Only recently has there been any relaxation of the once-ironclad restriction that effectively bound players for four years to choices they made as wide-eyed seventeen-year-olds while their coaches were free to bolt whenever they spotted an even more remunerative opportunity elsewhere. It is no mere slip of the tongue when high school stars these days proclaim their excitement about spending the "next three years" at the school of their choice, for they mean to do precisely that and no more. They see themselves in an NFL uniform by the time what would been their senior collegiate season rolls around. Eager to escape their own economic serfdom and with their often sorely disadvantaged families looking to them for relief, there is scant time to wait one's turn while learning from the more experienced upperclassmen playing ahead of them, let alone stick around to earn their diploma. Desperate for enough playing time somewhere to showcase their skills for the pro scouts, they are heading to the transfer portals in substantial numbers before taking the earliest opportunity to declare for the NFL Draft, where, history shows, roughly one-third of them stand to be passed over. Beyond shattering any remaining pretense of amateurism in college football, the contagion of blatant commercialism now afflicting it at every level has helped to make exiles of the people who long saw it not simply as a welcome diversion but the central element of a deeply personal, culturally affirming ritual. It seems unlikely that the rich streams of revenue currently disgorged by this prodigiously lactating cash cow will begin to dry up anytime soon. Yet the future of college football is not foretold solely in exuberant estimates of forthcoming profits, but in the ever-tightening camera angles required to spare millions of TV viewers the visually jarring and steadily encroaching swaths of emptiness within the stadiums themselves.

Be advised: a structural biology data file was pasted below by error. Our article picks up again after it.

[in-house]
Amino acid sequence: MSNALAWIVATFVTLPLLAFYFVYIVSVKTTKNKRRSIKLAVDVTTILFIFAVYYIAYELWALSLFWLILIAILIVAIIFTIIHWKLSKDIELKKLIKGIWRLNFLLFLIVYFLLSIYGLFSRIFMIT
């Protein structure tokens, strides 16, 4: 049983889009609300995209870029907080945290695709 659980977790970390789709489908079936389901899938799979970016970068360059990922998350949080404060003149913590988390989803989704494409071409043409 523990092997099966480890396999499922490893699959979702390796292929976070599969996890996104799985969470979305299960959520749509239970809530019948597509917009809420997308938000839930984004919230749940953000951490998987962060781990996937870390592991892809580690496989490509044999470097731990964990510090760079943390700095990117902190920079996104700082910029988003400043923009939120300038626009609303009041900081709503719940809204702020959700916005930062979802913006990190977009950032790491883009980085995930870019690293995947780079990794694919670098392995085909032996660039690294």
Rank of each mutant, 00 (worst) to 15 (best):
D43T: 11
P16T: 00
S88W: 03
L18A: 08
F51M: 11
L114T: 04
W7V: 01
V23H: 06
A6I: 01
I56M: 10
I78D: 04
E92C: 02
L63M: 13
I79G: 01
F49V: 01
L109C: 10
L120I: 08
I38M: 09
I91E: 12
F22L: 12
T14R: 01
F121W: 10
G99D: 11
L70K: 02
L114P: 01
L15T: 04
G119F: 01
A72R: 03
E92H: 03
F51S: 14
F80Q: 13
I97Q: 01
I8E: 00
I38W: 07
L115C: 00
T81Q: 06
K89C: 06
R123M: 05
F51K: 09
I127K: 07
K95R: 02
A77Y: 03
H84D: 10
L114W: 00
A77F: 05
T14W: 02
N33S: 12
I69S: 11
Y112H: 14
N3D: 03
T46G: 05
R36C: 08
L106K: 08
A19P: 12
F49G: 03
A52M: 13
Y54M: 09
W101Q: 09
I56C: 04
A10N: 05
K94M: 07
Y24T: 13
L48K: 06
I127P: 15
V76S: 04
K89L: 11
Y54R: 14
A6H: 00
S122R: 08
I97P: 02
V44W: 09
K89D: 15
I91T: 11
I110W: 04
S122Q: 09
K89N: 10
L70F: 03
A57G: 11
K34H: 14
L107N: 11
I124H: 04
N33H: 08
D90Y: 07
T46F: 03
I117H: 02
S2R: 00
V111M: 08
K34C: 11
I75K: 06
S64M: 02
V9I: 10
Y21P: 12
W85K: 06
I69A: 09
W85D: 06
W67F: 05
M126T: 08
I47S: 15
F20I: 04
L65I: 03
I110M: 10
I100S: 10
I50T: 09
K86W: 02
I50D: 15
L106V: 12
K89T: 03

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This page contains a single entry by Jim Cobb published on February 7, 2020 12:28 PM.